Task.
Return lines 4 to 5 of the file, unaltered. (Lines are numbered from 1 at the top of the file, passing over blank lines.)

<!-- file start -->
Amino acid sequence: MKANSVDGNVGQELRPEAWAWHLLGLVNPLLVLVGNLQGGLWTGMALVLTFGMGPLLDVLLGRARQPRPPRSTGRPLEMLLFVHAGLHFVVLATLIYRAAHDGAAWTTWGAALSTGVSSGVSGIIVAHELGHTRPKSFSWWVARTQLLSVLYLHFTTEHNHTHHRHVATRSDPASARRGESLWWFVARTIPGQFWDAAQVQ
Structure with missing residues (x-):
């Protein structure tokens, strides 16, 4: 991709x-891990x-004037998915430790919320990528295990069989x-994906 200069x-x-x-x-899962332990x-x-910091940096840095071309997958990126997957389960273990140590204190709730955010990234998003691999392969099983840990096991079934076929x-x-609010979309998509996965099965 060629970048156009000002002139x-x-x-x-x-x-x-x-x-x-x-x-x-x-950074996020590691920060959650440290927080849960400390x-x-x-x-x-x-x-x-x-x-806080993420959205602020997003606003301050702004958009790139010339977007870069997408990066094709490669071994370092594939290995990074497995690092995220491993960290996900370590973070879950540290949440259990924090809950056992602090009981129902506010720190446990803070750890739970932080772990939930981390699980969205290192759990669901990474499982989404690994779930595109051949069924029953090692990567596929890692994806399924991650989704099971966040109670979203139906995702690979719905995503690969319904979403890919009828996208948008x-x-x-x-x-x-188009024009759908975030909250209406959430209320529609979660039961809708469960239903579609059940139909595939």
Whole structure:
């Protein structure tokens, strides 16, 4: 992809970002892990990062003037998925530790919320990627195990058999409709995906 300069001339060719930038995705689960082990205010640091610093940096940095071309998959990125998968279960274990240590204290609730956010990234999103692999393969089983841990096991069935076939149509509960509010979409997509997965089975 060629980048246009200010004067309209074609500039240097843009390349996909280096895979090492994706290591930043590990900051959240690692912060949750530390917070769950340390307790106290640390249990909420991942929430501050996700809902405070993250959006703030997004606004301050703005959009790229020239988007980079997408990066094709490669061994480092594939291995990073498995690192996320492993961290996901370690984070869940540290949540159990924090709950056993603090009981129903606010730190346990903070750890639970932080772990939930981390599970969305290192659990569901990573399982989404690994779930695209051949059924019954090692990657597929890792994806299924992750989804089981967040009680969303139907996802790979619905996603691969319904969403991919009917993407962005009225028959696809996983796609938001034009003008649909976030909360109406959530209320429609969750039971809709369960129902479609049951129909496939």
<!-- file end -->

Whole structure:
């Protein structure tokens, strides 16, 4: 992809970002892990990062003037998925530790919320990627195990058999409709995906 300069001339060719930038995705689960082990205010640091610093940096940095071309998959990125998968279960274990240590204290609730956010990234999103692999393969089983841990096991069935076939149509509960509010979409997509997965089975 060629980048246009200010004067309209074609500039240097843009390349996909280096895979090492994706290591930043590990900051959240690692912060949750530390917070769950340390307790106290640390249990909420991942929430501050996700809902405070993250959006703030997004606004301050703005959009790229020239988007980079997408990066094709490669061994480092594939291995990073498995690192996320492993961290996901370690984070869940540290949540159990924090709950056993603090009981129903606010730190346990903070750890639970932080772990939930981390599970969305290192659990569901990573399982989404690994779930695209051949059924019954090692990657597929890792994806299924992750989804089981967040009680969303139907996802790979619905996603691969319904969403991919009917993407962005009225028959696809996983796609938001034009003008649909976030909360109406959530209320429609969750039971809709369960129902479609049951129909496939």